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# 2CPP06 - Arrays and Pointers

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This is an intermediate conversion course for C++, suitable for second year computing students who may have learned Java or another language in first year.

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### 2CPP06 - Arrays and Pointers

1. 1. ARRAYS AND POINTERS Michael Heron
2. 2. Introduction • We talked about pointers a few lectures ago. • In this lecture we are going to talk about pointers and arrays. • This is a little bit more complicated than working with simple arrays in Java. • It is expected you are comfortable with the mechanics of pointers at this point. • & is the ‘address of’ • * is the ‘value of’
3. 3. Arrays in C++ • Arrays in Java have a two-step setup process. • Declare the array object • int[] myInts • Create the array • myInts = new int[100]; • In C++, we can use pointers to do the same two stage process. • Declare the array object • int *myInts • Create the Array • myInts = new Int[100];
4. 4. Arrays in C++ • You can also declare an array in C++ in a single step: • int myInts[100]; • This doesn’t work in Java. • Arrays in Java are fully fledged objects. • They have methods and attributes. • C++ does not provide these for you. • You have to manually manage their state, size and such.
5. 5. Arrays and Pointers • When an array is created as a pointer, the pointer reference is to the memory location of the first element in the array. • When using index accessing, the numeric index acts as an offset. • myInts[3] means ‘get the element three spaces on from the first’ • Exciting Language Feature! • C++ doesn’t do any compile time bounds checking on arrays. • If you set an element that is greater than the size of the array, it will write to that memory location anyway. • Easy way for things to go weird.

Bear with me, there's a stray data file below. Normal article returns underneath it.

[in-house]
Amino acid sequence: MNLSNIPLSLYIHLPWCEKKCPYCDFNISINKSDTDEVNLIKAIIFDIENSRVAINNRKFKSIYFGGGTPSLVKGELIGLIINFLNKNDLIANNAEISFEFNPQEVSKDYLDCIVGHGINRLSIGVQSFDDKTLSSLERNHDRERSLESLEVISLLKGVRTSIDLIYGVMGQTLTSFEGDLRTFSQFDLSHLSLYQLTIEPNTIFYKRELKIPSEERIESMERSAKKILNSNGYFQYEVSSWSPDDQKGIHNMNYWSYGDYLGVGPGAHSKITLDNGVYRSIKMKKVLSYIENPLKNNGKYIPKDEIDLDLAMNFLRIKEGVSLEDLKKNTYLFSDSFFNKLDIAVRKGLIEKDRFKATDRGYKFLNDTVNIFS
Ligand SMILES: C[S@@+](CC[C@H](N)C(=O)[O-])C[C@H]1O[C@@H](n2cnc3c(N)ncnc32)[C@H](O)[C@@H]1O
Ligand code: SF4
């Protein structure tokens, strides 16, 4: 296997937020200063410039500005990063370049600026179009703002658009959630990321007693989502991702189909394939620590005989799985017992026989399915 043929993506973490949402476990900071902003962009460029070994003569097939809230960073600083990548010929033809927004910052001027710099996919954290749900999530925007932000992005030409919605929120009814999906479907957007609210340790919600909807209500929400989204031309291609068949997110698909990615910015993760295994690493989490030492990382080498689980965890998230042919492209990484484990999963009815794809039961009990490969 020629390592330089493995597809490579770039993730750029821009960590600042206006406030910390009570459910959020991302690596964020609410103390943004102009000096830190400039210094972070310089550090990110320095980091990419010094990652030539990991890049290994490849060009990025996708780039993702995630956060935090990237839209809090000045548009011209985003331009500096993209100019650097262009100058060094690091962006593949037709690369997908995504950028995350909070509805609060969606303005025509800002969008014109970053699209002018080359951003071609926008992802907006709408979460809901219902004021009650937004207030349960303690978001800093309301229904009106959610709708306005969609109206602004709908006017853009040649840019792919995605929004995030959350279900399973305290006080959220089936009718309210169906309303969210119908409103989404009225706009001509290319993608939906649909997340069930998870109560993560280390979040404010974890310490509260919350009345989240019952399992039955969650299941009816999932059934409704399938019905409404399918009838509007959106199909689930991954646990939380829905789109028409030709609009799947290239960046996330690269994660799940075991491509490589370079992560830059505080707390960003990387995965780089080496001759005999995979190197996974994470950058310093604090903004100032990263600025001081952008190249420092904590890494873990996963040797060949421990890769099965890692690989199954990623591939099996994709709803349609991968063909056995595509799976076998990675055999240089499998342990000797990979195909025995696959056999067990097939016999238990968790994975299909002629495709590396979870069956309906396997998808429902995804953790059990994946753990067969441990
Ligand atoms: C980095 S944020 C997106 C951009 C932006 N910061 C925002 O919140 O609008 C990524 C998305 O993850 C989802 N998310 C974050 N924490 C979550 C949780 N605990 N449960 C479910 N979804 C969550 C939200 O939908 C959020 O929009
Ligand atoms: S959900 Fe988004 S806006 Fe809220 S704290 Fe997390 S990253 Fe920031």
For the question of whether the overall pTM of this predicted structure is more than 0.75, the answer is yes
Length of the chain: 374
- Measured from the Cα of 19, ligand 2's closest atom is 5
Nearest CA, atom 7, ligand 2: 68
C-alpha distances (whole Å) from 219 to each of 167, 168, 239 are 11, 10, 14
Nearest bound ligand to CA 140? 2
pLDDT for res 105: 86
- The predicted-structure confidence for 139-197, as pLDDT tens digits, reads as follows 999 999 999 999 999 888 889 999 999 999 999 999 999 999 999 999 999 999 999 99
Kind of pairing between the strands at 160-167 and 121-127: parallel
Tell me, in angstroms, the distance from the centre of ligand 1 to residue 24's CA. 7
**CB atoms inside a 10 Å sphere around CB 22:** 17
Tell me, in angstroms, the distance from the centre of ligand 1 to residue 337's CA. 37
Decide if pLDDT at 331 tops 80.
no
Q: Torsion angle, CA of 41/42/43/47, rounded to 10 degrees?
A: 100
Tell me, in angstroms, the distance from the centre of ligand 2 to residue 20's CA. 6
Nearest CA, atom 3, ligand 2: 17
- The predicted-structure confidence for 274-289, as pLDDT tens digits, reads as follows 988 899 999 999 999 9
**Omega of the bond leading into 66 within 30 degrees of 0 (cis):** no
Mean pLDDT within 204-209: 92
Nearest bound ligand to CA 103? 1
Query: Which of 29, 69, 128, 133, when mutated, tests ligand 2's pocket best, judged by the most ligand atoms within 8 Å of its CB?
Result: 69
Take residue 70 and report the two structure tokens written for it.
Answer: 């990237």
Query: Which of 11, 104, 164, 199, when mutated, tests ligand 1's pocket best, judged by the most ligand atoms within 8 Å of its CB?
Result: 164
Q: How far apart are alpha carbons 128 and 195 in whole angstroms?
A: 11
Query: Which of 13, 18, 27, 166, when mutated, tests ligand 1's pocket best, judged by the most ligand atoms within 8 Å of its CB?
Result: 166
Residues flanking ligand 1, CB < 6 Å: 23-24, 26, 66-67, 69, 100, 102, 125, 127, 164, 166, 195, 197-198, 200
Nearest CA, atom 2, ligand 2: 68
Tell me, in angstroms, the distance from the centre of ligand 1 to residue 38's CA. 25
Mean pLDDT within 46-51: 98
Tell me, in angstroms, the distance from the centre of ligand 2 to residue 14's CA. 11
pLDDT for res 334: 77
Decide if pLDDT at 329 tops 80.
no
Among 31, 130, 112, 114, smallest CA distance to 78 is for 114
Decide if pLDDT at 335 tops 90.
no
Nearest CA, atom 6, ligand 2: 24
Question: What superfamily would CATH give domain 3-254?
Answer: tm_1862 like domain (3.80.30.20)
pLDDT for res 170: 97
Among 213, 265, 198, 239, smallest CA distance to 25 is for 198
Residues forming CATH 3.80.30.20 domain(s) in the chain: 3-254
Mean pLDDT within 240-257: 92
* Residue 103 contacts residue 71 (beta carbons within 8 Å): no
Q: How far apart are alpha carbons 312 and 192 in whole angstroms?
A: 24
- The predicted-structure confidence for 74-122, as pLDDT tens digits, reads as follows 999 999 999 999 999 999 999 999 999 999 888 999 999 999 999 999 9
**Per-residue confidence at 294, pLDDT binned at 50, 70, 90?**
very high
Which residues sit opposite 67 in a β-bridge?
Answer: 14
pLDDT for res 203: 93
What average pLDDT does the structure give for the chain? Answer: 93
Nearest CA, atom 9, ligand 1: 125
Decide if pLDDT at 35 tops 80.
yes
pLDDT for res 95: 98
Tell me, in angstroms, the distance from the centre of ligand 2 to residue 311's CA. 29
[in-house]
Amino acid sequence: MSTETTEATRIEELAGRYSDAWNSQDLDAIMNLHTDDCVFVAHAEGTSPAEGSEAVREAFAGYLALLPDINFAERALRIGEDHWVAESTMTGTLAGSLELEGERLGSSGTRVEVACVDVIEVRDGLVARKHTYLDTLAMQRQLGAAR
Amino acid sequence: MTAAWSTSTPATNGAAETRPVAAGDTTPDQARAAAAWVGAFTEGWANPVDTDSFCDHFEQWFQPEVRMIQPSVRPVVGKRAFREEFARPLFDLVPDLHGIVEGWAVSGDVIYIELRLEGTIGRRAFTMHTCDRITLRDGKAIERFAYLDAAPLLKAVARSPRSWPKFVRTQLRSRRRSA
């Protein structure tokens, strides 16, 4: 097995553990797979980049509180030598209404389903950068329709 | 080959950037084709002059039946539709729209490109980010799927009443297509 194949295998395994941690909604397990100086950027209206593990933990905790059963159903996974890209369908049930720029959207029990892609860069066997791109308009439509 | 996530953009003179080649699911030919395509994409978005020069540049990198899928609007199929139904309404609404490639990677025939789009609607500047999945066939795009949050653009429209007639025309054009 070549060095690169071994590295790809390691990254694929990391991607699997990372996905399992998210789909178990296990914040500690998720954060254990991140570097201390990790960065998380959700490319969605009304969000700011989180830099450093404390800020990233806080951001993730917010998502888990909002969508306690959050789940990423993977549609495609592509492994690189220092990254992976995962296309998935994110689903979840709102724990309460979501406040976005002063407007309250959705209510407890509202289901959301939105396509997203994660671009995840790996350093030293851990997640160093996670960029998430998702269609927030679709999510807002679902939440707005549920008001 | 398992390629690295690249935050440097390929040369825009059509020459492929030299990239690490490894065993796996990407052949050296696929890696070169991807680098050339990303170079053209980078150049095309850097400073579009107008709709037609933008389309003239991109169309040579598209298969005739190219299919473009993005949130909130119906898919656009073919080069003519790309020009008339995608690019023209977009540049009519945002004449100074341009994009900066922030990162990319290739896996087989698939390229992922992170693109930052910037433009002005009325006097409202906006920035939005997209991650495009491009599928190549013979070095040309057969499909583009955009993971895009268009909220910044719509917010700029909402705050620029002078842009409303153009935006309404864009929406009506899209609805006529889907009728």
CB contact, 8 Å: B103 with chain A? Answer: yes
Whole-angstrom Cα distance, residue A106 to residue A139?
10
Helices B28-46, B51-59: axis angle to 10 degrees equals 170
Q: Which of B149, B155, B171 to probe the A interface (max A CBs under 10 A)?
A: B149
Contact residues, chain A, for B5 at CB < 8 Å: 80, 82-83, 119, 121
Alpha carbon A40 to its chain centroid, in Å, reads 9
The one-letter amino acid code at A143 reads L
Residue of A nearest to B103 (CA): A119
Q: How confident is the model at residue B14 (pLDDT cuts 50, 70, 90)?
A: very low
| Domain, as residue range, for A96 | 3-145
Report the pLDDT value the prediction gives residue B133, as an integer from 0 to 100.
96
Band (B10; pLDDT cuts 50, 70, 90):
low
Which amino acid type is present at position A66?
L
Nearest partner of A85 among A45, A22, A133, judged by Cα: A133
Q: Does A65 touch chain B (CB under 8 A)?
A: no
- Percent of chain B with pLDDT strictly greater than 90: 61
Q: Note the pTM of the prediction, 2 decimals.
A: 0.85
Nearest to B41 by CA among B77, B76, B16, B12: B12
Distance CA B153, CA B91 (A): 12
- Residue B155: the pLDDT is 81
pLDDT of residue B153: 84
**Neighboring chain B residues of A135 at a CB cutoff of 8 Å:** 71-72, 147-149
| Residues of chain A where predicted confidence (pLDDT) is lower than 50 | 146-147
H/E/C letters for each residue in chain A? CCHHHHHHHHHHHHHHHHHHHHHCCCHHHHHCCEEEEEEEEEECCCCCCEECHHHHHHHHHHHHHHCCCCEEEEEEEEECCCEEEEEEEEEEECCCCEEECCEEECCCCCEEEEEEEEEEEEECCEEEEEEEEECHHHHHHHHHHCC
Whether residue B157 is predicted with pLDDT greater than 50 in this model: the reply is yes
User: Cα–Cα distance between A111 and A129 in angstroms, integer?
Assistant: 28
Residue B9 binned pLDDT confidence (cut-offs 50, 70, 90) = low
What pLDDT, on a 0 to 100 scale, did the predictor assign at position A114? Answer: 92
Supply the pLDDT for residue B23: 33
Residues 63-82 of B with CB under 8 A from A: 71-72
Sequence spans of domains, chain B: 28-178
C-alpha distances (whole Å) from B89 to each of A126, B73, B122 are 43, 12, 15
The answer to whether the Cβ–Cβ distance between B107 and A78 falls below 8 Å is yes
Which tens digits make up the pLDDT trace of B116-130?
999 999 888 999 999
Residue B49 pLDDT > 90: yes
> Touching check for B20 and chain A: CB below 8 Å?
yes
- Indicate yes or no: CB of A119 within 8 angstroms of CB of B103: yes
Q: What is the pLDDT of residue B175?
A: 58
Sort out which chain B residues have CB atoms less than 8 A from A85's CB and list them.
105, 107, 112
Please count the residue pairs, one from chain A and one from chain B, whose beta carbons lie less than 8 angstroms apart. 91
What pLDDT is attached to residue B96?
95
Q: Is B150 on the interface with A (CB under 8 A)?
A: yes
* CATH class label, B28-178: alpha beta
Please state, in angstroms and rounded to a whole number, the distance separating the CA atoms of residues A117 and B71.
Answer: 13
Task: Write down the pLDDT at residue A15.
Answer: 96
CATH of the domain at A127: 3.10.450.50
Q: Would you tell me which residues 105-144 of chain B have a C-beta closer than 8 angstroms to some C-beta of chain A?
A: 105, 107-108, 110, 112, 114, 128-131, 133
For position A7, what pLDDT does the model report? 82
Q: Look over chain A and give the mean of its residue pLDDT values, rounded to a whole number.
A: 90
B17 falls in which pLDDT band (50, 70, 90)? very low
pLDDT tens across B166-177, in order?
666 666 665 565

6. 6. Arrays of Objects • Three step process in Java. • Declare the array • Create the array of object references • Initialize each object reference. • C++ permits this as a one stage or two stage process. • Same as creating an array of any other data type. • The compiler will create an array of objects created using the zero parameter constructor. • Hence the importance of a zero parameter constructor!
7. 7. Arrays of Objects • You can simulate the Java creation process through the use of an array of pointers. • Here’s where it gets tricky. • First we create an array of pointers to objects. • We then initialise each pointer in that array by creating an object for it to point. • The syntax for creating an array of pointers is double asterisks on the declaration: • Car **myCars;
8. 8. Arrays of Pointers Car **myCars; myCars = new Car*[100]; for (int i = 0; i < 100; i++) { myCars[i] = new Car(100.0, "Blue"); }
9. 9. Worked Example • Let’s look at this concept by working through an example. • We’re going to add a list of all previous owners to our car objects. • First of all, we need to add an array of strings to our car declaration. • We also need to store the size of the array. • C++ doesn’t do that for us. • Egads!